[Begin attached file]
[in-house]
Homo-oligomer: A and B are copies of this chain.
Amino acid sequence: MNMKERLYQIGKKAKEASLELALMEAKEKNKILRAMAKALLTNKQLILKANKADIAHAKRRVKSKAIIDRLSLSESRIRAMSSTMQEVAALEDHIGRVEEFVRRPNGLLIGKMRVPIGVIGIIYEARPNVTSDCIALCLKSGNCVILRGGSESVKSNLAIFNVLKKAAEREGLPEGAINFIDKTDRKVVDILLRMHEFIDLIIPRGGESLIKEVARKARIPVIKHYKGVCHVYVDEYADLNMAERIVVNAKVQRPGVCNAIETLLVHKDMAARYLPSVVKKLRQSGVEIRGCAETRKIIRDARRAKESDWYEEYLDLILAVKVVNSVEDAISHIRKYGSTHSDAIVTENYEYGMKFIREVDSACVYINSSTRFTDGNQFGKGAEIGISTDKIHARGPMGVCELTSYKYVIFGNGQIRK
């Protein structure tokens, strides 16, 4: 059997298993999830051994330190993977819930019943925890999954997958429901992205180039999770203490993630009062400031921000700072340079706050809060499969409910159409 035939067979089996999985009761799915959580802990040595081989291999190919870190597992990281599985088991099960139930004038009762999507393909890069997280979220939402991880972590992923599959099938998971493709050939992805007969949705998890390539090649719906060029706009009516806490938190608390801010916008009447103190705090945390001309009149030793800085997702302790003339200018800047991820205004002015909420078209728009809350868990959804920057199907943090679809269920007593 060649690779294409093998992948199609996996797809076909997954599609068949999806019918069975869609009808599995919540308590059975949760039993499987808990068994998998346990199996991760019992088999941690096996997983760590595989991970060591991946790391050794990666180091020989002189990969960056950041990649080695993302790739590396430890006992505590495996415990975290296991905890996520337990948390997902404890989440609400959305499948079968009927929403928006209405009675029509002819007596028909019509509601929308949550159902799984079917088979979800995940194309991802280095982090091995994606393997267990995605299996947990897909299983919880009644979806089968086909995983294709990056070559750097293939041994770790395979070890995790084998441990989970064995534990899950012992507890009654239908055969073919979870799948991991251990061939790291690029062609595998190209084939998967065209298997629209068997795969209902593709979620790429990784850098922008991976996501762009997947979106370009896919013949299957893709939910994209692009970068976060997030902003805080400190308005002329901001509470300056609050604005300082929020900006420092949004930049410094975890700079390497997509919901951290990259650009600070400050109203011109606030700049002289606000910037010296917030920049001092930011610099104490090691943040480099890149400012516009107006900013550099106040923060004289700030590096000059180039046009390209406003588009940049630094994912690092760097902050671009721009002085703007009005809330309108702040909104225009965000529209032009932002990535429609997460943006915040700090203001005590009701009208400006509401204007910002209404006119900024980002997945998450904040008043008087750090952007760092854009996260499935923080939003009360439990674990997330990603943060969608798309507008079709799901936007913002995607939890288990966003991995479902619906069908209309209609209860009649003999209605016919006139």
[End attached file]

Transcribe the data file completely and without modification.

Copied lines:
[in-house]
Homo-oligomer: A and B are copies of this chain.
Amino acid sequence: MNMKERLYQIGKKAKEASLELALMEAKEKNKILRAMAKALLTNKQLILKANKADIAHAKRRVKSKAIIDRLSLSESRIRAMSSTMQEVAALEDHIGRVEEFVRRPNGLLIGKMRVPIGVIGIIYEARPNVTSDCIALCLKSGNCVILRGGSESVKSNLAIFNVLKKAAEREGLPEGAINFIDKTDRKVVDILLRMHEFIDLIIPRGGESLIKEVARKARIPVIKHYKGVCHVYVDEYADLNMAERIVVNAKVQRPGVCNAIETLLVHKDMAARYLPSVVKKLRQSGVEIRGCAETRKIIRDARRAKESDWYEEYLDLILAVKVVNSVEDAISHIRKYGSTHSDAIVTENYEYGMKFIREVDSACVYINSSTRFTDGNQFGKGAEIGISTDKIHARGPMGVCELTSYKYVIFGNGQIRK
């Protein structure tokens, strides 16, 4: 059997298993999830051994330190993977819930019943925890999954997958429901992205180039999770203490993630009062400031921000700072340079706050809060499969409910159409 035939067979089996999985009761799915959580802990040595081989291999190919870190597992990281599985088991099960139930004038009762999507393909890069997280979220939402991880972590992923599959099938998971493709050939992805007969949705998890390539090649719906060029706009009516806490938190608390801010916008009447103190705090945390001309009149030793800085997702302790003339200018800047991820205004002015909420078209728009809350868990959804920057199907943090679809269920007593 060649690779294409093998992948199609996996797809076909997954599609068949999806019918069975869609009808599995919540308590059975949760039993499987808990068994998998346990199996991760019992088999941690096996997983760590595989991970060591991946790391050794990666180091020989002189990969960056950041990649080695993302790739590396430890006992505590495996415990975290296991905890996520337990948390997902404890989440609400959305499948079968009927929403928006209405009675029509002819007596028909019509509601929308949550159902799984079917088979979800995940194309991802280095982090091995994606393997267990995605299996947990897909299983919880009644979806089968086909995983294709990056070559750097293939041994770790395979070890995790084998441990989970064995534990899950012992507890009654239908055969073919979870799948991991251990061939790291690029062609595998190209084939998967065209298997629209068997795969209902593709979620790429990784850098922008991976996501762009997947979106370009896919013949299957893709939910994209692009970068976060997030902003805080400190308005002329901001509470300056609050604005300082929020900006420092949004930049410094975890700079390497997509919901951290990259650009600070400050109203011109606030700049002289606000910037010296917030920049001092930011610099104490090691943040480099890149400012516009107006900013550099106040923060004289700030590096000059180039046009390209406003588009940049630094994912690092760097902050671009721009002085703007009005809330309108702040909104225009965000529209032009932002990535429609997460943006915040700090203001005590009701009208400006509401204007910002209404006119900024980002997945998450904040008043008087750090952007760092854009996260499935923080939003009360439990674990997330990603943060969608798309507008079709799901936007913002995607939890288990966003991995479902619906069908209309209609209860009649003999209605016919006139």